Gabriela Hearst is up for Womenswear Designer of the Year at the CFDA Awards, just a year after she was nominated for the Swarovski Award for Emerging Talent, but the real proof of her skills and success was the steady stream of editors at her showroom today.
Hearst was presenting her new Resort collection; it was one of about a dozen appointments on the calendar and by far the buzziest of any of them. Award or no award, a little over three years after she launched, hers is the New York label that women in the know are clamoring to wear. And some well-placed celebrities, too. We overheard a stylist promising to be in touch about an order of knit dresses for an acclaimed client. Hearst was delighted, but unfazed. She is not a designer in it for the fame, what gets her genuinely excited are fine materials and superior craftsmanship.
Both were much in evidence in this new collection, starting with the hand-stitched accordion shoulders on fine leather trenches, the corset ribbing on tailored jackets, and the truly astonishing binding work on the inside of what was an otherwise effortless day dress. Few other designers make this kind of effort; the results would be prohibitively dear, but Hearst has nurtured a clientele that appreciates the quality of her garments. Suiting has become a specialty, and the appeal of this season’s was the color palette, which included the navy she was wearing, as well as burgundy and vivid pink. The fine gauge knitwear that that celebrity stylist was so excited about was equally vibrant, as were the hand knits made in Uruguay that she modeled after the Costa Rican singer and rule breaker Chavela Vargas’s ponchos.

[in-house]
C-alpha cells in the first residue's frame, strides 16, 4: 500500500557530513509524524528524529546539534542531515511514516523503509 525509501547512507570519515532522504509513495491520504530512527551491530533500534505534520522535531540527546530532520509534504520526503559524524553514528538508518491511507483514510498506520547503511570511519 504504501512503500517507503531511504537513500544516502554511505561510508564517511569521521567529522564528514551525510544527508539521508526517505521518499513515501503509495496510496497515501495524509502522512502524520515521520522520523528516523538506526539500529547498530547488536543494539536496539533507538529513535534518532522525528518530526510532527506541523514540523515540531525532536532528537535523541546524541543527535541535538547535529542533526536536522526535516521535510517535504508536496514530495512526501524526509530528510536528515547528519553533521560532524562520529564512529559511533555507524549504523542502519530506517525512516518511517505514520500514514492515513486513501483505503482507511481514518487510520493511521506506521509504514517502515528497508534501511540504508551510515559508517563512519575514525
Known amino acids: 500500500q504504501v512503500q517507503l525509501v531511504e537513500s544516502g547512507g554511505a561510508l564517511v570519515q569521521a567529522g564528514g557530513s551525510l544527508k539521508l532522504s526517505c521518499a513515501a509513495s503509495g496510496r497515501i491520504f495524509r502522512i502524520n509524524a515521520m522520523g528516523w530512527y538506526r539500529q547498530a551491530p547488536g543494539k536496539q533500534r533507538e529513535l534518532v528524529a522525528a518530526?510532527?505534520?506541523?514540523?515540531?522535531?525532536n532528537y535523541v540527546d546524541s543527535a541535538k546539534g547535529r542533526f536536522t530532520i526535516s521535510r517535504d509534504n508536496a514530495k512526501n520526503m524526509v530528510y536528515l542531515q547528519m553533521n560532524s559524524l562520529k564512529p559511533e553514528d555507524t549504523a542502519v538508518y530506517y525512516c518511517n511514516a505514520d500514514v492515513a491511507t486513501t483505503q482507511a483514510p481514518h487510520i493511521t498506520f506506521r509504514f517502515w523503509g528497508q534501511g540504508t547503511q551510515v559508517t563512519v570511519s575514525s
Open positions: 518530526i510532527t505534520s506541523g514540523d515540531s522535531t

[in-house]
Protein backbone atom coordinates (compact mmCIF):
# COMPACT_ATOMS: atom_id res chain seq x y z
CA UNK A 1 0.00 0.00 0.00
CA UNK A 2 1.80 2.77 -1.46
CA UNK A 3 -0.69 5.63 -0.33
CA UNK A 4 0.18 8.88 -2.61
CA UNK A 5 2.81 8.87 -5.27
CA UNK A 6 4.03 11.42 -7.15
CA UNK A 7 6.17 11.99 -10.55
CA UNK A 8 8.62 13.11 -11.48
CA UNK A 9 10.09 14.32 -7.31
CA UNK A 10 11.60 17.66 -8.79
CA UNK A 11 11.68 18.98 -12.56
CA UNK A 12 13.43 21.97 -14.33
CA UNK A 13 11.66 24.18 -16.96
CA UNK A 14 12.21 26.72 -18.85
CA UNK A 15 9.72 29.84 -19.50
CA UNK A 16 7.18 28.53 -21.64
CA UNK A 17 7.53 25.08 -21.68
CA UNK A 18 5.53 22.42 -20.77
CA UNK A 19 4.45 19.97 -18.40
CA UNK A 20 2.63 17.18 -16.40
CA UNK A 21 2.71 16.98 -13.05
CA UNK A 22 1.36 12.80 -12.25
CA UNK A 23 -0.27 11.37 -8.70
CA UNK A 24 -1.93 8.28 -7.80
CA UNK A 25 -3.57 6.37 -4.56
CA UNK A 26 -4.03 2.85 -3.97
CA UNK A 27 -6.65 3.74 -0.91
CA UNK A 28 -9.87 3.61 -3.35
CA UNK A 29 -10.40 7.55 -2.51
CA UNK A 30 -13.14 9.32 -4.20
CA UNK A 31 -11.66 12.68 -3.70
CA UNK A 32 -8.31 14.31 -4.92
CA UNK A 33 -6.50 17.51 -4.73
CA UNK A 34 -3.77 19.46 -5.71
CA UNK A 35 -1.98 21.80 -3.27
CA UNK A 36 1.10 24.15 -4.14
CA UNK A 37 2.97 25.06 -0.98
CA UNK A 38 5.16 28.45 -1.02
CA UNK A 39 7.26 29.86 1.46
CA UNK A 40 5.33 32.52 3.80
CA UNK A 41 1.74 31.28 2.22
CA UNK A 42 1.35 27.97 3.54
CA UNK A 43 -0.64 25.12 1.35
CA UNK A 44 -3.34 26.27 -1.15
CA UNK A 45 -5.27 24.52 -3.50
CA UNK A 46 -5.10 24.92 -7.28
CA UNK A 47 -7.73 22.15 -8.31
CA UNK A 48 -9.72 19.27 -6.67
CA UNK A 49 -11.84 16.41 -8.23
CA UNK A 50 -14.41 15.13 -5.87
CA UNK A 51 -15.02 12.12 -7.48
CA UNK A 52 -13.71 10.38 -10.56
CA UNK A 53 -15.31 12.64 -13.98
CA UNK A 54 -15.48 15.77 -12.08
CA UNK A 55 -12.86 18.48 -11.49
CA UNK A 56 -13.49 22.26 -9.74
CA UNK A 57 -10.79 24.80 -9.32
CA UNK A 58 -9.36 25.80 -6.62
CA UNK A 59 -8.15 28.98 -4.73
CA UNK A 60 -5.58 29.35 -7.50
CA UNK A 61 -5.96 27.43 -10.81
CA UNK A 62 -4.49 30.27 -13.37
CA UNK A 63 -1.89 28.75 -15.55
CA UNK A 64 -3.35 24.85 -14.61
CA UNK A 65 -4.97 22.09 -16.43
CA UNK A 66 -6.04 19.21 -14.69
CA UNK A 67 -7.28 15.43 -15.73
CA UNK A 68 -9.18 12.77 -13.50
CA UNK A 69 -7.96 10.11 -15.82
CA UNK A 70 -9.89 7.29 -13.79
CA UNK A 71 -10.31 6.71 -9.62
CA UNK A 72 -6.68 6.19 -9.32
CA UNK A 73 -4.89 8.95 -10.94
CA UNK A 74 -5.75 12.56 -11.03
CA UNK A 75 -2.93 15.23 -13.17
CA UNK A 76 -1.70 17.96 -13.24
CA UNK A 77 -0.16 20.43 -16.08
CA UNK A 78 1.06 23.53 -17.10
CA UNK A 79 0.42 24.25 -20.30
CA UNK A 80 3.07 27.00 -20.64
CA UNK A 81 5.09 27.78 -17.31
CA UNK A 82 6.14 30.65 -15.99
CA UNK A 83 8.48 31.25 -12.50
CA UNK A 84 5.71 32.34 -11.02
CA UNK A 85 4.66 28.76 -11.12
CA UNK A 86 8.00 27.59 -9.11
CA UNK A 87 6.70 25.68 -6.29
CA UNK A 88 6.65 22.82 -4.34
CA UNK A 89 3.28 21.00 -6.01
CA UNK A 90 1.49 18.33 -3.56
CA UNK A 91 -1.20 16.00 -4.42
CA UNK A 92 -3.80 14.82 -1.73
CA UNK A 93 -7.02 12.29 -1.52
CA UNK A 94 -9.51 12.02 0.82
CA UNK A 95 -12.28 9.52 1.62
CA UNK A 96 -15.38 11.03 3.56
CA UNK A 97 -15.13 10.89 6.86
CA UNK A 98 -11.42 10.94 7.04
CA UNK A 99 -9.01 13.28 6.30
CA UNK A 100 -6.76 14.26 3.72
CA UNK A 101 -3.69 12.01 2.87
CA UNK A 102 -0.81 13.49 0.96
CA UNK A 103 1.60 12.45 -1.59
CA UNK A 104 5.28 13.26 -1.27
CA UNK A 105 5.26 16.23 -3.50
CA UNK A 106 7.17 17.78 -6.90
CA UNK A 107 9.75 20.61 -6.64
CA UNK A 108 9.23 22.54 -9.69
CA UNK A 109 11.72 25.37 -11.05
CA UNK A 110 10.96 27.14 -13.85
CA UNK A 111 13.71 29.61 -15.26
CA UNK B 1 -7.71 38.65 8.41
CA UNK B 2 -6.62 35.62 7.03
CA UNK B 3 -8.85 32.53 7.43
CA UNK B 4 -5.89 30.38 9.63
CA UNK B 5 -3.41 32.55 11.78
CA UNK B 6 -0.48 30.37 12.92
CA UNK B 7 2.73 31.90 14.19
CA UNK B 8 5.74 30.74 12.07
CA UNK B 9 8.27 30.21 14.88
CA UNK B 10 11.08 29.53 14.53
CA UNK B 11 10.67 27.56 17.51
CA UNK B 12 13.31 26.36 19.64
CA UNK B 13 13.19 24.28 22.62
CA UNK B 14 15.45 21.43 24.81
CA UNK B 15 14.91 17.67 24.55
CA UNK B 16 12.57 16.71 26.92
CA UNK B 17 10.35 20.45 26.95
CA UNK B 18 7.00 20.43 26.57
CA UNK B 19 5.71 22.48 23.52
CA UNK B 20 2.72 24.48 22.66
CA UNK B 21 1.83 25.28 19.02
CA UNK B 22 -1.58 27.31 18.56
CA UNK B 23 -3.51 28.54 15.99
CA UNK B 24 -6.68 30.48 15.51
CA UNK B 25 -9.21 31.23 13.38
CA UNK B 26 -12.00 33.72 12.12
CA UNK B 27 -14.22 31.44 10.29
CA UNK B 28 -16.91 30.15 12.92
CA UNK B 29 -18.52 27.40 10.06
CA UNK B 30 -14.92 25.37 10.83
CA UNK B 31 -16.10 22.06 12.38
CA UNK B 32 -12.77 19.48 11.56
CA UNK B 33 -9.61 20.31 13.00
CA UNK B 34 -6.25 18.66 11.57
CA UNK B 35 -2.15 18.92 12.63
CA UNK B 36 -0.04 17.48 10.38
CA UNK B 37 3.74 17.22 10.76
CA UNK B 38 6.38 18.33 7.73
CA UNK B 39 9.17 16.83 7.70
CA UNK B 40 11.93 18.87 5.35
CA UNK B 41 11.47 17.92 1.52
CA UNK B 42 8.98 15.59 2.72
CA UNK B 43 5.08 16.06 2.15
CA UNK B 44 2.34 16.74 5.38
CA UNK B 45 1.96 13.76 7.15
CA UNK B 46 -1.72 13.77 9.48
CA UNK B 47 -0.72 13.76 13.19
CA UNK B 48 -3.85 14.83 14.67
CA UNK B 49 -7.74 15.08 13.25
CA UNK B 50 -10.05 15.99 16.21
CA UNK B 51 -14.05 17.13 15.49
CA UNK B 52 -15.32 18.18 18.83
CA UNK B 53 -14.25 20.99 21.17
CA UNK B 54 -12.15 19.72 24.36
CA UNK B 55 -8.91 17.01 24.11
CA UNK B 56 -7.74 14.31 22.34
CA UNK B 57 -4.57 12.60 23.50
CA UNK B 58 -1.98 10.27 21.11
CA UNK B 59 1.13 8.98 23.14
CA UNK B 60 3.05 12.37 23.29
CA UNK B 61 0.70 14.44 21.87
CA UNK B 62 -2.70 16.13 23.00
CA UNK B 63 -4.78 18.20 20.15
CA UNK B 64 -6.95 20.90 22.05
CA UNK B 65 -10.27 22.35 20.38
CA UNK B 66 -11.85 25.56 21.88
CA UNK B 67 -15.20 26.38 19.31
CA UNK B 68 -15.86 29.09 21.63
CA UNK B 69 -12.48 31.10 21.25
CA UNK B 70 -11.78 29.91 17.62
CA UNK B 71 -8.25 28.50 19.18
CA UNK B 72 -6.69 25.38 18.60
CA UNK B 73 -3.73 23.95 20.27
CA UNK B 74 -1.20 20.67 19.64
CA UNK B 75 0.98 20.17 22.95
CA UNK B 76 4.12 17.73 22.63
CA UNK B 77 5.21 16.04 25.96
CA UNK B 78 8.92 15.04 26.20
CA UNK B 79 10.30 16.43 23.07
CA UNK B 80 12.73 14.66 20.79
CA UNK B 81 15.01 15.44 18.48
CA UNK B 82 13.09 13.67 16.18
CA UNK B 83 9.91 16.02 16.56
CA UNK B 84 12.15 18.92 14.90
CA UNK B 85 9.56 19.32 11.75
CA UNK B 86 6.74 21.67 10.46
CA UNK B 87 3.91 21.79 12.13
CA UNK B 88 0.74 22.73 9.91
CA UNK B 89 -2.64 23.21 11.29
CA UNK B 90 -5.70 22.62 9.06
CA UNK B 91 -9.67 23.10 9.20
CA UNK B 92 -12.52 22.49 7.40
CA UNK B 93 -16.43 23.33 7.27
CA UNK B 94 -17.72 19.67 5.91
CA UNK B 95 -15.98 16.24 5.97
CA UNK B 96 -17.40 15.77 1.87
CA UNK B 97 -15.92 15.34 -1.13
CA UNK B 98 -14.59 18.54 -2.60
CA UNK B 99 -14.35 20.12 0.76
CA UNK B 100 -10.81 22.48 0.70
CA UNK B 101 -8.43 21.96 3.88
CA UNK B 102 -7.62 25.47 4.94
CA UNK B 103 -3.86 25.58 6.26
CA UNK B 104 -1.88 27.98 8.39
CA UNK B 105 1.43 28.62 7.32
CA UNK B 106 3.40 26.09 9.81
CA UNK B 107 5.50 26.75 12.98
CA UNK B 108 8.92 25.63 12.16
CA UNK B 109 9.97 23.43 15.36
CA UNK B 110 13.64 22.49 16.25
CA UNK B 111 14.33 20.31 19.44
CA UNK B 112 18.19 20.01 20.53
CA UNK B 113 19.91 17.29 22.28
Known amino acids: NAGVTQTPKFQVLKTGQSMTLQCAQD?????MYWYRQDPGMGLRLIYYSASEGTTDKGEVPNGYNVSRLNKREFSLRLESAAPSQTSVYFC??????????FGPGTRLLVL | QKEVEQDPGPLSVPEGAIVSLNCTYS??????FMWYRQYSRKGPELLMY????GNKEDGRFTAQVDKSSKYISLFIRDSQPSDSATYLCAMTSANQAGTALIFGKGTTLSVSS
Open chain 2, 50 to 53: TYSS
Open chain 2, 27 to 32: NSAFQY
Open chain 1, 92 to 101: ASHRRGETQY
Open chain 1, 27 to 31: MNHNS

One of the most compelling things about Hearst is her commitment to the environment. (Is it me, or is it mostly women who are leading this charge?) She’s set a goal to be a completely plastics-free company by April of 2019. That means, among other things, replacing all of the plastic bags her garments are shipped in with compostable Tipa packaging, which breaks down in 24 weeks as opposed to 500 years. Ambitious, yes. But Hearst has given us every indication that she’s up to the task.